Where does that leave Algorand (ALGO)? It is also proof-of-stake, and it too has experienced a recent price rise. As of March 12, ALGO was worth $0.67.It had risen to $0.91 by the time of the Trusted Advisor conversation Thursday. That is about a 37% increase. ALGO, like ADA, has an outstanding pedigree: it is a product of the mind of Silvio Micali, an MIT professor of computer science and recipient of a Turing Award (2012). 

Indeed, the founder of Cardano, Charles Hoskinson, congratulated Micali on his invention, saying that “we finally have some real competition.”

Into the Weeds on Proof of Stake Protocols 

As mentioned above, “proof of stake” is not a single protocol but a family of them. Cardano and Algorand represent different branches of the family tree. Cardano’s specific protocol is known as “Ouroboros.” It processes transaction blocks by dividing chains into epochs, and epochs into time slots. A slot leader is elected for each slot and becomes responsible for adding a block to the chain. Each new slot leader has to treat the last few blocks of the received chain as transient: a chain is only considered settled once it precedes a prespecified number of transient blocks is considered settled. This is known as the “settlement delay.”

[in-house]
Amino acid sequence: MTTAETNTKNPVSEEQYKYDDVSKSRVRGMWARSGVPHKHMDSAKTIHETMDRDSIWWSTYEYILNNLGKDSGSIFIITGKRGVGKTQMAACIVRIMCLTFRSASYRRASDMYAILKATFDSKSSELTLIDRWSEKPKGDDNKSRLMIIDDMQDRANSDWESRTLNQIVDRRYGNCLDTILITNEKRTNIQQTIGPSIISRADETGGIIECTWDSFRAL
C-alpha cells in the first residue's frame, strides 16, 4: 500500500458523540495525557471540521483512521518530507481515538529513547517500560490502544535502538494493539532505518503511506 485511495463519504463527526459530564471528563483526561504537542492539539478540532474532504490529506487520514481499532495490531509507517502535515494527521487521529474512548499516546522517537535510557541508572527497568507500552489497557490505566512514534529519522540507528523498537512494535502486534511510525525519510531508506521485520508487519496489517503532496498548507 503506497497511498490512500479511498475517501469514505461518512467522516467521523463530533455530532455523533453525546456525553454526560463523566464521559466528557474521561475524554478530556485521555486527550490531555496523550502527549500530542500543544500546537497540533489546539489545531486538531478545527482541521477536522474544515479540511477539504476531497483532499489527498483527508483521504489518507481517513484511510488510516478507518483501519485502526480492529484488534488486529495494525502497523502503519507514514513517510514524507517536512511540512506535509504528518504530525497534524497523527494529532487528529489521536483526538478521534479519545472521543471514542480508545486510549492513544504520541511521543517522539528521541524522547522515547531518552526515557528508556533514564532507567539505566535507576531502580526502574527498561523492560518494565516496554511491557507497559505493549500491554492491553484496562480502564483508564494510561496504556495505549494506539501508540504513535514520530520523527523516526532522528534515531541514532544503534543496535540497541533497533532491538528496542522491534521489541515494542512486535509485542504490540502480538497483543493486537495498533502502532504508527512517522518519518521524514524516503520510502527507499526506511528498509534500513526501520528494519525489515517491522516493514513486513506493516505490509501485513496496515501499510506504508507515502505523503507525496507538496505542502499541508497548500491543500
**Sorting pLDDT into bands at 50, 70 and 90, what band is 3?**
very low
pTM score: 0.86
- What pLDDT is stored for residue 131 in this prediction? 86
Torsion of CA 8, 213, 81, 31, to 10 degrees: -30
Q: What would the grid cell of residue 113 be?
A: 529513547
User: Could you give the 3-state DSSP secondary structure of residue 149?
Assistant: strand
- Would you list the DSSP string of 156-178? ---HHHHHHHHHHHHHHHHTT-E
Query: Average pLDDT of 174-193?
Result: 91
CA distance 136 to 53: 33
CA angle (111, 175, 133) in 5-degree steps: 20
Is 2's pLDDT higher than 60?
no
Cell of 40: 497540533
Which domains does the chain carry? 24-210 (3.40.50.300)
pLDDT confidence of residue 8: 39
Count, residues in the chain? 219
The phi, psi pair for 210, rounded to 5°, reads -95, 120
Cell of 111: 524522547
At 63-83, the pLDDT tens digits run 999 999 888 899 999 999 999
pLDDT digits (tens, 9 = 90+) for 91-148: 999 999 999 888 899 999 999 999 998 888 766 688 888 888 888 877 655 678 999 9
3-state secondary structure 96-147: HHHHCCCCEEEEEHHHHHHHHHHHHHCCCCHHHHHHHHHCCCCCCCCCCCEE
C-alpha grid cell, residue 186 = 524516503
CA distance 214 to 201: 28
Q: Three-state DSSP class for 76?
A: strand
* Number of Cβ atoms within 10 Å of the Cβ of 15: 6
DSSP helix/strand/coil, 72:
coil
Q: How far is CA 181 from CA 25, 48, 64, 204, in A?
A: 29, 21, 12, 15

Although it may look to some like a “bug,” the settlement delay is a feature. The settlement delay is what ensures that the slot leaders have “skin in the game.” It puts the stake in “proof of stake,” without exorbitant use of energy. 

Algorand uses a different system, one it calls the “pure proof of stake” model. The “purity” arises because users are randomly and secretly chosen to propose blocks and vote on block proposals. It is the randomness that gives all users an incentive to increase their stakes, somewhat like buying a lot of lottery tickets. 

It is still quite new, but Algorand is expected to be used going forward as the host of an ecosystem of smart contract-driven Dapps. And this helps explain the SkyBridge deal with NAX last fall. 

That concludes our discussion of the appeal of proof of stake. Next week we will discuss another related take-away from the discussion between Messrs Siemer and Waldron: is the crypto space (or are its interior divisions) winner-take-all jungles? Or could there be lots of winners?